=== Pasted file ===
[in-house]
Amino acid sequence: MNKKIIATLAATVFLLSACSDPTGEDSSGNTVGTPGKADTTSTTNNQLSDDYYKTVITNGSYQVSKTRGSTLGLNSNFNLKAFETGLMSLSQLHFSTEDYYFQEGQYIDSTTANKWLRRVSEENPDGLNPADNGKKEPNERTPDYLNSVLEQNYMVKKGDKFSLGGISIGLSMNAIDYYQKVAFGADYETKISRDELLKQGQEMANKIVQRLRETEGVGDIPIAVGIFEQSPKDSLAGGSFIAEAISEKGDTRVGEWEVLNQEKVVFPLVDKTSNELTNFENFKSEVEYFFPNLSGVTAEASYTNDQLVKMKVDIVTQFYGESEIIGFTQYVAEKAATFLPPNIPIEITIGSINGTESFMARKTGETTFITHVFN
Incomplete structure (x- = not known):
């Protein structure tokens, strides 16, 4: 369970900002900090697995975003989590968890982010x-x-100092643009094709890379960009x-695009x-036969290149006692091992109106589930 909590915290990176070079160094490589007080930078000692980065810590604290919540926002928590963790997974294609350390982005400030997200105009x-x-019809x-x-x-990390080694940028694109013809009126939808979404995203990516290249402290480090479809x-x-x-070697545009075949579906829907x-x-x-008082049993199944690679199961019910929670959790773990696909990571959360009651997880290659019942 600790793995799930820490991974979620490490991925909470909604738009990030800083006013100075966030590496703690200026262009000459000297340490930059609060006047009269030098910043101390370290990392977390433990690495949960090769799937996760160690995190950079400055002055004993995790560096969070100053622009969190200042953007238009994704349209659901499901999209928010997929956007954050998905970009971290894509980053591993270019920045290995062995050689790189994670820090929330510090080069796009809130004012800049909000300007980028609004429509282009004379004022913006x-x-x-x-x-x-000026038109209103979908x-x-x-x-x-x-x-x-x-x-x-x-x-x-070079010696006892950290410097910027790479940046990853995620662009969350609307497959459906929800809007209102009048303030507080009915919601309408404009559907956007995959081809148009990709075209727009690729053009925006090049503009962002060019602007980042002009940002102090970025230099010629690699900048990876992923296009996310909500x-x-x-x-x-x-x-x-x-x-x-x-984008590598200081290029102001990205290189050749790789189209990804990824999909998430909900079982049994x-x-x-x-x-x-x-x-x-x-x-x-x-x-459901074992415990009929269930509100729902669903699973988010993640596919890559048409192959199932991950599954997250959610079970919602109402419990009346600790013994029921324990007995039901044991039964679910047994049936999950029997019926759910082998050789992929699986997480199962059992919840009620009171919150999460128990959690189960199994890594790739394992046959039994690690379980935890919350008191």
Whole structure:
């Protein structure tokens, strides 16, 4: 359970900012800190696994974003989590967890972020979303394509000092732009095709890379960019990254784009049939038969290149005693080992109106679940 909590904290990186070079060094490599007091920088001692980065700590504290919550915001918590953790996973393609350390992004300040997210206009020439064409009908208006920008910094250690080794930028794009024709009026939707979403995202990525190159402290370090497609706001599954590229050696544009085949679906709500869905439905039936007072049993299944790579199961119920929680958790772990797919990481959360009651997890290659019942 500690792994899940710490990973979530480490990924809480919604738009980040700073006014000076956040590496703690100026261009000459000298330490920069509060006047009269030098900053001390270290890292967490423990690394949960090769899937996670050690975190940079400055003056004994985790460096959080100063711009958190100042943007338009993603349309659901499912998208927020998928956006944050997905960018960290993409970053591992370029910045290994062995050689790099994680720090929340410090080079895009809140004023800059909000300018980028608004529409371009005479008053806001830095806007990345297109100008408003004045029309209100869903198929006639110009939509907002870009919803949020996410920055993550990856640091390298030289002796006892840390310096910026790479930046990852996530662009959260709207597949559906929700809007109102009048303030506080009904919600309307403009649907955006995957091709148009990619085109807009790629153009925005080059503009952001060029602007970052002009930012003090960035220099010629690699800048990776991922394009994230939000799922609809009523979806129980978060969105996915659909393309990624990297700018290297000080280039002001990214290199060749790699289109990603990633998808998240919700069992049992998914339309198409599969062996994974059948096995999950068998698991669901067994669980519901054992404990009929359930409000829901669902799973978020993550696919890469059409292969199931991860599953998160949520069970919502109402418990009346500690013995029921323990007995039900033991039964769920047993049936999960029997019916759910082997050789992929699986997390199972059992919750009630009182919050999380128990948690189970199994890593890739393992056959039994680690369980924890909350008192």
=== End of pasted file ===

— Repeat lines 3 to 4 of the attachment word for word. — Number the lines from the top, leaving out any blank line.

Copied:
Incomplete structure (x- = not known):
């Protein structure tokens, strides 16, 4: 369970900002900090697995975003989590968890982010x-x-100092643009094709890379960009x-695009x-036969290149006692091992109106589930 909590915290990176070079160094490589007080930078000692980065810590604290919540926002928590963790997974294609350390982005400030997200105009x-x-019809x-x-x-990390080694940028694109013809009126939808979404995203990516290249402290480090479809x-x-x-070697545009075949579906829907x-x-x-008082049993199944690679199961019910929670959790773990696909990571959360009651997880290659019942 600790793995799930820490991974979620490490991925909470909604738009990030800083006013100075966030590496703690200026262009000459000297340490930059609060006047009269030098910043101390370290990392977390433990690495949960090769799937996760160690995190950079400055002055004993995790560096969070100053622009969190200042953007238009994704349209659901499901999209928010997929956007954050998905970009971290894509980053591993270019920045290995062995050689790189994670820090929330510090080069796009809130004012800049909000300007980028609004429509282009004379004022913006x-x-x-x-x-x-000026038109209103979908x-x-x-x-x-x-x-x-x-x-x-x-x-x-070079010696006892950290410097910027790479940046990853995620662009969350609307497959459906929800809007209102009048303030507080009915919601309408404009559907956007995959081809148009990709075209727009690729053009925006090049503009962002060019602007980042002009940002102090970025230099010629690699900048990876992923296009996310909500x-x-x-x-x-x-x-x-x-x-x-x-984008590598200081290029102001990205290189050749790789189209990804990824999909998430909900079982049994x-x-x-x-x-x-x-x-x-x-x-x-x-x-459901074992415990009929269930509100729902669903699973988010993640596919890559048409192959199932991950599954997250959610079970919602109402419990009346600790013994029921324990007995039901044991039964679910047994049936999950029997019926759910082998050789992929699986997480199962059992919840009620009171919150999460128990959690189960199994890594790739394992046959039994690690379980935890919350008191």